AF447, and media silence, has another explanation
Earlier today a reader drew attention to media indifference to the AF447 final report.
There is another reason for what appears to be complacency over air safety issues in this country, and that is the crisis that has overtaken print media, and its efforts to develop a sustainable constantly updated on-line interactive media alternative.
Every print media professional in Australia risks losing his or her job in the immediate future. Every one of them. Every printed newspaper and magazine risks closure. Every one of them.
The investment case for dedicated in depth reporting and analysis in many fields, most of them much more important than air transport and the public administration of safety, does not exist. Even in politics, business, health, education, and social equity and justice, the investment cases have either seen roles abolished, or put under severe threat of consolidation, and with consolidation, diversity of analysis, reporting and regionally relevant perspectives are eliminated or marginalised.
The response to these pressures has often been to transfer power from reporters providing original material to their publications, to the PR sector that feeds its fabrications to content providers of the same publications in a survival mode where investments in real journalism are unaffordable.
Compromises are made. Media owners succumb to the temptations of being communications solutions for external interests rather than news organisations, and try to hide behind the banner of branded, high quality reporting and analysis when in some cases, they work on the basis of selecting their winners, losers and victims in advance.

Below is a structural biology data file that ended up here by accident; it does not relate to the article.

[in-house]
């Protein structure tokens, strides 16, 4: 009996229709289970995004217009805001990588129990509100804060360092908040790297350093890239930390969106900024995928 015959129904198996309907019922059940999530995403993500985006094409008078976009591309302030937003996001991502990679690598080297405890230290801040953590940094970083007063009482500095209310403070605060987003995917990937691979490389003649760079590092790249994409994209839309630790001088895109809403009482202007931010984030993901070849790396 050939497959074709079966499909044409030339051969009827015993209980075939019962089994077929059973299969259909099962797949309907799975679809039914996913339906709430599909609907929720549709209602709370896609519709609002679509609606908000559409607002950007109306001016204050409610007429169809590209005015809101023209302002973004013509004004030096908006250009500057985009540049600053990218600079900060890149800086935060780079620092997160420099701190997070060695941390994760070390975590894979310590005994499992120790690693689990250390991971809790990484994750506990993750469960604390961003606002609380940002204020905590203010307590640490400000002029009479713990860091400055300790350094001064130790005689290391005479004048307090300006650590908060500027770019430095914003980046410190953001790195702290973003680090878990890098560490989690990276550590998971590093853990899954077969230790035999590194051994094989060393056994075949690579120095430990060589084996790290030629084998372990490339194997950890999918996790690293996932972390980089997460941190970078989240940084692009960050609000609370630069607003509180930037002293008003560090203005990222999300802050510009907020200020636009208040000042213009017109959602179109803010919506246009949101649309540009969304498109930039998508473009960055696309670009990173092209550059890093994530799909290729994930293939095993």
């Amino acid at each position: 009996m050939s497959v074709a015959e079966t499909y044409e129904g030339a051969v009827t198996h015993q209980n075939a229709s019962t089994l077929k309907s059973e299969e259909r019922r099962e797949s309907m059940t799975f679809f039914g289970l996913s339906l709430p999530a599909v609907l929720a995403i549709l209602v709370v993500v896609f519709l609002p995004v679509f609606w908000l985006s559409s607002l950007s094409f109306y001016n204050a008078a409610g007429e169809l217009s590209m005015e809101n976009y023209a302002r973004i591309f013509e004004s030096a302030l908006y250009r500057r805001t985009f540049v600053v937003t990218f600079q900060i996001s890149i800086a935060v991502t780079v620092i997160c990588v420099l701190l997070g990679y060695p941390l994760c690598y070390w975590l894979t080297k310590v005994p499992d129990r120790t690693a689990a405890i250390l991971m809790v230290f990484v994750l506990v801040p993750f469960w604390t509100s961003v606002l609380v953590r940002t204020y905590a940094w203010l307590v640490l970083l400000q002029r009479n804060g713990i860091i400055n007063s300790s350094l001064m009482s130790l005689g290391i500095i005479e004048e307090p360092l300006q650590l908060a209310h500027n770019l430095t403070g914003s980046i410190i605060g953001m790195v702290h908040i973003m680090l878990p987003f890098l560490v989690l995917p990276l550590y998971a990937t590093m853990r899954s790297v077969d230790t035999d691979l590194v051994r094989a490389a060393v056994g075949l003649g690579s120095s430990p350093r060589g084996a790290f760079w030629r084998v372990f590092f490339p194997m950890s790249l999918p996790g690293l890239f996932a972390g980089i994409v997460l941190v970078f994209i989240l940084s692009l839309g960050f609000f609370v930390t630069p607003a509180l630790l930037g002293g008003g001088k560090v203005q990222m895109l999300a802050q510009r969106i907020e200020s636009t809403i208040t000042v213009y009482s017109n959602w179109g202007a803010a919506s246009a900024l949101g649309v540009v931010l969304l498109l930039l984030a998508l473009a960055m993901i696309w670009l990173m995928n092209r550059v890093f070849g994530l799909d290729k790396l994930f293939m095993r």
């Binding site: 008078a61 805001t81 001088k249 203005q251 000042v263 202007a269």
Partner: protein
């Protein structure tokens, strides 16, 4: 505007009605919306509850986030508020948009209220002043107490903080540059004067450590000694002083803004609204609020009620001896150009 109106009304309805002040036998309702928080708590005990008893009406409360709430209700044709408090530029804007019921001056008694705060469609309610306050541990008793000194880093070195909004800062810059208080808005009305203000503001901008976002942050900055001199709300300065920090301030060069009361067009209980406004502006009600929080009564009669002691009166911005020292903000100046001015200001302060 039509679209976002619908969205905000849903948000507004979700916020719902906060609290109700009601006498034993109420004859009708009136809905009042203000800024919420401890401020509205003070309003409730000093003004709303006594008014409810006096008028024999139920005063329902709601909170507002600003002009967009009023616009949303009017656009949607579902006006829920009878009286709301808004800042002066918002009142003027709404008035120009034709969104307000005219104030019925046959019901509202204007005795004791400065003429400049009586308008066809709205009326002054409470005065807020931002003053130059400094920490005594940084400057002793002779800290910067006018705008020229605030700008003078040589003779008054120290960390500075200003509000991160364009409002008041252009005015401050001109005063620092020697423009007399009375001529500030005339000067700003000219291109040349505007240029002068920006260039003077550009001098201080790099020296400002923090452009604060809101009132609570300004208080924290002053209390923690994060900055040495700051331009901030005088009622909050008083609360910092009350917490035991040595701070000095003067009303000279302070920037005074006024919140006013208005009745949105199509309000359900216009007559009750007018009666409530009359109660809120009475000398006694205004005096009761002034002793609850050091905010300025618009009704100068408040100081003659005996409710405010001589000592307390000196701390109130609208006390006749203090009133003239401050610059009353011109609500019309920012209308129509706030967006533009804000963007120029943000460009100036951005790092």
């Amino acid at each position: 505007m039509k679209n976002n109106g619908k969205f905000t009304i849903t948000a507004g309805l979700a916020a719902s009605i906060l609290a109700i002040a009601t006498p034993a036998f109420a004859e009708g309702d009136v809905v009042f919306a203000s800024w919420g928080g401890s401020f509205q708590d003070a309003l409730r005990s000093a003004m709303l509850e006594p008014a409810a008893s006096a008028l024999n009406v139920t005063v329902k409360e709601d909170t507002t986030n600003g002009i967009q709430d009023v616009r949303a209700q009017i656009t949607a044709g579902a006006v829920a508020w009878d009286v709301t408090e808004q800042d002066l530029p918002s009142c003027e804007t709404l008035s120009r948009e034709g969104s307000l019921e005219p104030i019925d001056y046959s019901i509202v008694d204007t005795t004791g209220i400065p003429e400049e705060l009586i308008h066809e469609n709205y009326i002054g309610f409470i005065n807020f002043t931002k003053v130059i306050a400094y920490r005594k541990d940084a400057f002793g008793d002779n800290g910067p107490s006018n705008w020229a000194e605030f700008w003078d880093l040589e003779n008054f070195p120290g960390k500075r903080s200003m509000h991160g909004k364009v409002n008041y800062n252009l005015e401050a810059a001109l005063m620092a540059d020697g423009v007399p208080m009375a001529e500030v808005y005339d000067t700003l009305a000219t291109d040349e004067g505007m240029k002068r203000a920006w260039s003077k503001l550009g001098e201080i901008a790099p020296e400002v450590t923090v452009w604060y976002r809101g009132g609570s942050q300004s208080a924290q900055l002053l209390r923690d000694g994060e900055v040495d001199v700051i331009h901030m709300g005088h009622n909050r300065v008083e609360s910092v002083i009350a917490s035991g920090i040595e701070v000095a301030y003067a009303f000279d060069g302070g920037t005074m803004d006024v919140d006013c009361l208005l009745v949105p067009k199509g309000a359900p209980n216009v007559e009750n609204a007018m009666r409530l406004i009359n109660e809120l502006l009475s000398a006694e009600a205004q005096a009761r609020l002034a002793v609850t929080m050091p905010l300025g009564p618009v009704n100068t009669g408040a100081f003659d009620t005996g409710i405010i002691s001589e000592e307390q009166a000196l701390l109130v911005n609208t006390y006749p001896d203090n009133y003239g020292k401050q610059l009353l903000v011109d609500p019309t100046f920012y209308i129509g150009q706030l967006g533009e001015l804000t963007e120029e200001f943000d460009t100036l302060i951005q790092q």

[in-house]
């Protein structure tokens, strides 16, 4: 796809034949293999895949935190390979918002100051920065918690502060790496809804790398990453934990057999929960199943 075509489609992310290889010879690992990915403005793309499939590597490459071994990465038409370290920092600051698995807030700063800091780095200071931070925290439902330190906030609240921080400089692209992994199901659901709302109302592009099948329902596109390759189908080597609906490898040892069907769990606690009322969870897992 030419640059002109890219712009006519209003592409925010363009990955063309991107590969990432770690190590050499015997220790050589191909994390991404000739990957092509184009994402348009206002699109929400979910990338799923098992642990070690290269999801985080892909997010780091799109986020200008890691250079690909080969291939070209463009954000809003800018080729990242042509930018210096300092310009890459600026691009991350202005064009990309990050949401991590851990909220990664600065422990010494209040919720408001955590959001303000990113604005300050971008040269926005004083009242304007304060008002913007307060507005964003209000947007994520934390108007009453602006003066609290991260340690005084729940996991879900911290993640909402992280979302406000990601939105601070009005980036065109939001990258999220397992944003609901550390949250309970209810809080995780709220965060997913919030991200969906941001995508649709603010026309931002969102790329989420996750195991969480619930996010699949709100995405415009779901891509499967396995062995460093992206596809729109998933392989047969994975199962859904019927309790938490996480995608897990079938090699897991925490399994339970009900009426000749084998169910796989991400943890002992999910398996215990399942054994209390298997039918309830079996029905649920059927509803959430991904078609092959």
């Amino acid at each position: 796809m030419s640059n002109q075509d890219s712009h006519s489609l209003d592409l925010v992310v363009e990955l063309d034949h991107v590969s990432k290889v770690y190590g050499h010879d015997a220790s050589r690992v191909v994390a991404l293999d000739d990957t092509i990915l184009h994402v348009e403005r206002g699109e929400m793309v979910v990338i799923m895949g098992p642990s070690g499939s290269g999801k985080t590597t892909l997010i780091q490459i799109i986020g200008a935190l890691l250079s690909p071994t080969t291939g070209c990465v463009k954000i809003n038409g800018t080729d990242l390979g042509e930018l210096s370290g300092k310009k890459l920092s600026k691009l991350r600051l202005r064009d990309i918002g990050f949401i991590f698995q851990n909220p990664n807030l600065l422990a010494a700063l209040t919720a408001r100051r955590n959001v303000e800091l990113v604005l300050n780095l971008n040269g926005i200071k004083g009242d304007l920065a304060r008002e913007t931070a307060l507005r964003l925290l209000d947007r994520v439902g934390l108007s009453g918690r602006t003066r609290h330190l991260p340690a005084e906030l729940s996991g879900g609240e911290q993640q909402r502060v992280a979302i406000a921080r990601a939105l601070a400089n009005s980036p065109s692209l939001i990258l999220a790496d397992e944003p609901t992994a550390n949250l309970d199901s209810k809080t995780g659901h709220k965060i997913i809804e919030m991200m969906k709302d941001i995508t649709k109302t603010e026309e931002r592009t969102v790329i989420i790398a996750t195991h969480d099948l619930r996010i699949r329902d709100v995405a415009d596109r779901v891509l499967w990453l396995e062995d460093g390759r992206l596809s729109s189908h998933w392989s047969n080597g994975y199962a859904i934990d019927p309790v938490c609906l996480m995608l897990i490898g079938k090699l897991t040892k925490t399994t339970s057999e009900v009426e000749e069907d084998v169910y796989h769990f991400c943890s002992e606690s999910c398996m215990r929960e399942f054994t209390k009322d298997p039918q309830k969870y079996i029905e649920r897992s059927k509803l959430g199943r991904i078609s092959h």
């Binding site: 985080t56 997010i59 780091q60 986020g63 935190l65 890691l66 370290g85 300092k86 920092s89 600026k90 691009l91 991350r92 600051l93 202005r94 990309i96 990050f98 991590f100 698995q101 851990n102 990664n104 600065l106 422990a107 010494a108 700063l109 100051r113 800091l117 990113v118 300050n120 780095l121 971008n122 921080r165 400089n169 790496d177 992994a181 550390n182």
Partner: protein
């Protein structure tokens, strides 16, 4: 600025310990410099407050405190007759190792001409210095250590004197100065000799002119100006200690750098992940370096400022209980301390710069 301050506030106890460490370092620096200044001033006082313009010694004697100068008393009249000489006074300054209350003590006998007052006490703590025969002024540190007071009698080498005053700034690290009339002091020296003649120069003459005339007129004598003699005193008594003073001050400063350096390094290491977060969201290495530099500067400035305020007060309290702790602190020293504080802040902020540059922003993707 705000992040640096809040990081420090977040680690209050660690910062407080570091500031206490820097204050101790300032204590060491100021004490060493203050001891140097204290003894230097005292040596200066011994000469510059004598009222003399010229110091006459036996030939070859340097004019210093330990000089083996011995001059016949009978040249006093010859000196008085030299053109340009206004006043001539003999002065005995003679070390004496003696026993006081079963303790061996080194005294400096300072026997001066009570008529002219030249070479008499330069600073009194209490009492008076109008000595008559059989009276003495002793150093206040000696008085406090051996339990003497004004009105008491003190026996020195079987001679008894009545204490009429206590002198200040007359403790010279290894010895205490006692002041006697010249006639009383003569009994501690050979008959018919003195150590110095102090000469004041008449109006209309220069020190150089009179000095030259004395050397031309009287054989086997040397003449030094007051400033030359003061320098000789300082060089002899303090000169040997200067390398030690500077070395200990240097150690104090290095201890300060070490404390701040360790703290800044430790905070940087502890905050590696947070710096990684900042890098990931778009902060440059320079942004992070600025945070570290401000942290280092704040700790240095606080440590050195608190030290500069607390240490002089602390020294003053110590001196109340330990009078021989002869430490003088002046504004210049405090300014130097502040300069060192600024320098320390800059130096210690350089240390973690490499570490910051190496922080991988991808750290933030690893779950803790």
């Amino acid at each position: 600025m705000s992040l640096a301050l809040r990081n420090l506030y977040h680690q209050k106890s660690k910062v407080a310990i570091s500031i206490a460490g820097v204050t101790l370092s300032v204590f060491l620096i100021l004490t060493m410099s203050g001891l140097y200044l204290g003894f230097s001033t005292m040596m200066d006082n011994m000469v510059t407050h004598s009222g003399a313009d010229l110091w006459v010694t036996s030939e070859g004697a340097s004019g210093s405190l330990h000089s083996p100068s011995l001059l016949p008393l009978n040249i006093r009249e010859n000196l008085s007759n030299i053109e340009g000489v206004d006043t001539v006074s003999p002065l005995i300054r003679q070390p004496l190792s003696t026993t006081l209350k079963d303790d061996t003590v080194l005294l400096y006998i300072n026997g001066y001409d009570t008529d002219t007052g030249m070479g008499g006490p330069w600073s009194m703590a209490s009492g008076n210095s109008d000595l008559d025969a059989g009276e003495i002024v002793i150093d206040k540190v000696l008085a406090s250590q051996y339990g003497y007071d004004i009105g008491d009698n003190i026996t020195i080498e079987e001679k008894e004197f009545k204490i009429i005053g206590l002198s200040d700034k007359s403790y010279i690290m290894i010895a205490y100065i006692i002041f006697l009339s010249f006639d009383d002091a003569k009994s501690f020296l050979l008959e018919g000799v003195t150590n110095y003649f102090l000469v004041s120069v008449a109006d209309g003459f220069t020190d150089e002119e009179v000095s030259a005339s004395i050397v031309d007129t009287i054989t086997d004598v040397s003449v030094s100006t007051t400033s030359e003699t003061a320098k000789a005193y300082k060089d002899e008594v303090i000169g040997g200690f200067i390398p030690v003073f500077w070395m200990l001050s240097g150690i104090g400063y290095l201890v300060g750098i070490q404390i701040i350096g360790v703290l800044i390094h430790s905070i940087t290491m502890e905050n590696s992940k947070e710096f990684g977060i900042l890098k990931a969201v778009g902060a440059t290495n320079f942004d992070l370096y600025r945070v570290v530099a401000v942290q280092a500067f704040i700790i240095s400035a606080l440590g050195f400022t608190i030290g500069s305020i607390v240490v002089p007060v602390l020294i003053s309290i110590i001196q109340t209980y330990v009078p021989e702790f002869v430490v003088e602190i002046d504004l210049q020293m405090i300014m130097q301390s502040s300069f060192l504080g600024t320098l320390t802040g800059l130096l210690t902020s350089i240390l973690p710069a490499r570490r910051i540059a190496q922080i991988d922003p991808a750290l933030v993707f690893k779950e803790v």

In many cases, doing so accelerates a loss of public confidence in the branded product.
The entire apparatus of media management finds itself looking at investments sunk into influencing a legacy media world that is imploding before its eyes. It is scrambling to find salvation in social media, without, so far, much to show for it.
The dividends that media communications directors can point to in the current environment are more about a lack of coverage than favourable coverage.
However an industry that seeks justification in an absence of legacy media scrutiny is not likely to endure, and instead go the same way as print, which is into oblivion.
We are, in some publications, here and abroad, seeing the coverage of aviation matters descend to the level of why Justin Bieber prefers Boeings, or whether a passenger’s star sign makes them too fat to fly in economy.
Informed commentary is dropping towards the levels of being, ‘Airbus, Yeah!’ or ‘Boeing, Yeah’.
It is not a pretty sight. As far as I’m concerned, whatever criticisms might be made of my colleagues in print media, they ought to recognise the terrible reality that print professionals now face.
Those of us who work for ourselves on-line do not have it easy either. The lack of support and other resources is a constant frustration, even though there is no pressure to toe the line or pull punches as to how matters are reported or analysed.
My own business plan is to grow 90% of my food by the end of next year and sell enough of the surplus of farm grown to fund the balance. Really and truly. Life’s good.